The Road Not Taken and Other Poems by Robert FrostTwo roads diverged in a wood, and I--
I took the one less traveled by,
And that has made all the difference.
These deceptively simple lines from the title poem of this collection suggest Robert Frost at his most representative: the language is simple, clear and colloquial, yet dense with meaning and wider significance. Drawing upon everyday incidents, common situations and rural imagery, Frost fashioned poetry of great lyrical beauty and potent symbolism.
Originally published in 1916 under the title Mountain Interval.
Robert Frost: Poems Summary and Analysis of "The Road Not Taken" (1916)
The speaker stands in the woods, considering a fork in the road. Both ways are equally worn and equally overlaid with un-trodden leaves. The speaker chooses one, telling himself that he will take the other another day. Yet he knows it is unlikely that he will have the opportunity to do so. And he admits that someday in the future he will recreate the scene with a slight twist: He will claim that he took the less-traveled road. The rhyme scheme is ABAAB; the rhymes are strict and masculine, with the notable exception of the last line we do not usually stress the -ence of difference. There are four stressed syllables per line, varying on an iambic tetrameter base.
The narrator comes upon a fork in the road while walking through a yellow wood. He considers both paths and concludes that each one is equally well-traveled and appealing. After choosing one of the roads, the narrator tells himself that he will come back to this fork one day in order to try the other road. However, he realizes that it is unlikely that he will ever have the opportunity to come back to this specific point in time because his choice of path will simply lead to other forks in the road and other decisions. The narrator ends on a nostalgic note, wondering how different things would have been had he chosen the other path. Since its publication, many readers have analyzed the poem as a nostalgic commentary on life choices. Rather than taking the safe path that others have traveled, the narrator prefers to make his own way in the world.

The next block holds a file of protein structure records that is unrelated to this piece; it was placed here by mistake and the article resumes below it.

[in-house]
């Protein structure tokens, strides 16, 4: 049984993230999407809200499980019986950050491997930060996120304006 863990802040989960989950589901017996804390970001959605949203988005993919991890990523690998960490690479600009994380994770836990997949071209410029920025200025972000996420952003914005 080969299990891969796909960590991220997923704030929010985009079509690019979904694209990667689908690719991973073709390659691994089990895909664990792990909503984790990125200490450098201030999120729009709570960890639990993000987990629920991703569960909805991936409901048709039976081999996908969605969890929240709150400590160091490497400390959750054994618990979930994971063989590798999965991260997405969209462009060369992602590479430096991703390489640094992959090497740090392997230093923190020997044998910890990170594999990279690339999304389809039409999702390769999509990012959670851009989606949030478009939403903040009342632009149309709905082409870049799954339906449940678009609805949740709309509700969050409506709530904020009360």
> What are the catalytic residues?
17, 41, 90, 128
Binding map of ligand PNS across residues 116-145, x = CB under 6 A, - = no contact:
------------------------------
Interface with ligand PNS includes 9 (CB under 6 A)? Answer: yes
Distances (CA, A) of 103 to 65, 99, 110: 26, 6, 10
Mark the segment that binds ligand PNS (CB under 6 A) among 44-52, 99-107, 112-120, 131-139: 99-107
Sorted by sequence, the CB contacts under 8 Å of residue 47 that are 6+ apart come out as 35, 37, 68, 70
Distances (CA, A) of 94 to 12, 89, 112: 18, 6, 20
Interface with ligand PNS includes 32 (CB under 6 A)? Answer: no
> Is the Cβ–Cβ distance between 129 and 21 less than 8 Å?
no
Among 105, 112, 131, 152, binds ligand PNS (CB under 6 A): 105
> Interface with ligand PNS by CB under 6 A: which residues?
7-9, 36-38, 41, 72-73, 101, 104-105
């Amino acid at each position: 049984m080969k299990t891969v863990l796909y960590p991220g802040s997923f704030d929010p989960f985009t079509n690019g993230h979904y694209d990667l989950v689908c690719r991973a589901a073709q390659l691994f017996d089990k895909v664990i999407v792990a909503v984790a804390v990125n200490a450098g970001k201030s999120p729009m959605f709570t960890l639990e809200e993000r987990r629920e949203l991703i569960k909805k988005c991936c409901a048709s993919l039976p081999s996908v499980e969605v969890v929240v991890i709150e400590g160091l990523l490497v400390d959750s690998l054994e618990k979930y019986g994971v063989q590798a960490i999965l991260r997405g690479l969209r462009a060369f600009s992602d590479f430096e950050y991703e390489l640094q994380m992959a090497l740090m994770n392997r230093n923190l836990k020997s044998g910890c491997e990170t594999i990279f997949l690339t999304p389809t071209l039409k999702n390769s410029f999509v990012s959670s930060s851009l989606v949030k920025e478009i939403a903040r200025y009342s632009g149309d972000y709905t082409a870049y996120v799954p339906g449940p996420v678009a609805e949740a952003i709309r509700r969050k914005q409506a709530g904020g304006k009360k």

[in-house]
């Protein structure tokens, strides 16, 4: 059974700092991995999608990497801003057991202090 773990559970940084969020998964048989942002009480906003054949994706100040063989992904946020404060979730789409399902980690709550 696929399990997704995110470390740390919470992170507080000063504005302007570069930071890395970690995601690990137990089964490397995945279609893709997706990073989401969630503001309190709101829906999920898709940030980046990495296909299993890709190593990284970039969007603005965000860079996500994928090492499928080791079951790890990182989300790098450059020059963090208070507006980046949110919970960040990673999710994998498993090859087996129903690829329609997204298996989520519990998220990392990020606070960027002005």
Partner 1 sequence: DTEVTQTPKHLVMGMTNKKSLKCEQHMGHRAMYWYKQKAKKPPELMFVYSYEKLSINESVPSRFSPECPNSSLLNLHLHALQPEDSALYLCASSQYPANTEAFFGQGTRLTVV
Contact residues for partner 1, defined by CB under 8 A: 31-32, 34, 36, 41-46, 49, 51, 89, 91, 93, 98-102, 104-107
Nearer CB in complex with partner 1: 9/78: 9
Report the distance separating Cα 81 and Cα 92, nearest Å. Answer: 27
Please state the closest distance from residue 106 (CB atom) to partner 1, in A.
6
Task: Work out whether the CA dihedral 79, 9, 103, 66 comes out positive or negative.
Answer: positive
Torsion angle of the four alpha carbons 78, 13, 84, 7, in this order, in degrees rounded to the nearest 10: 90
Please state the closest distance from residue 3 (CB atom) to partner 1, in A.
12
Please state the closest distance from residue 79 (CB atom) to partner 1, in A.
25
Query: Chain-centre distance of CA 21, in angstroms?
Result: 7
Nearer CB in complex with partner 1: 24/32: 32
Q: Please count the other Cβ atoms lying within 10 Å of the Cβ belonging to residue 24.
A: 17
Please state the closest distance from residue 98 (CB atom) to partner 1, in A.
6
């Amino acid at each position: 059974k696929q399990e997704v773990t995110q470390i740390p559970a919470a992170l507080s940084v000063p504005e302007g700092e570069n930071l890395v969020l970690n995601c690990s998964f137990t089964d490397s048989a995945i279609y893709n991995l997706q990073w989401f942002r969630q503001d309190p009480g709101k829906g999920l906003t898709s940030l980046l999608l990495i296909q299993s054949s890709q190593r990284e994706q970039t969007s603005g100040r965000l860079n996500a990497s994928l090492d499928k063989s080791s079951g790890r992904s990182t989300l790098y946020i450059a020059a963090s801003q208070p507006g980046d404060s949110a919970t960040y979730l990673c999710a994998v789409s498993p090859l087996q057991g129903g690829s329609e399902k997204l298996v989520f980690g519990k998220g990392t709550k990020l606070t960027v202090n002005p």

Pssst… we can write an original essay just for you. The poem describes the dilemmas and choices one must make in life, and how those specific decisions affect that person.
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"The Road Not Taken" by Robert Frost
Andrew has a keen interest in all aspects of poetry and writes extensively on the subject. His poems are published online and in print. If life is a journey, this poem highlights those times in life when a decision has to be made. Which way will you go? The ambiguity springs from the question of free will versus determinism, whether the speaker in the poem consciously decides to take the road that is off the beaten track or only does so because he doesn't fancy the road with the bend in it. External factors therefore make up his mind for him. Robert Frost wrote this poem to highlight a trait of, and poke fun at, his friend Edward Thomas, an English-Welsh poet, who, when out walking with Frost in England would often regret not having taken a different path.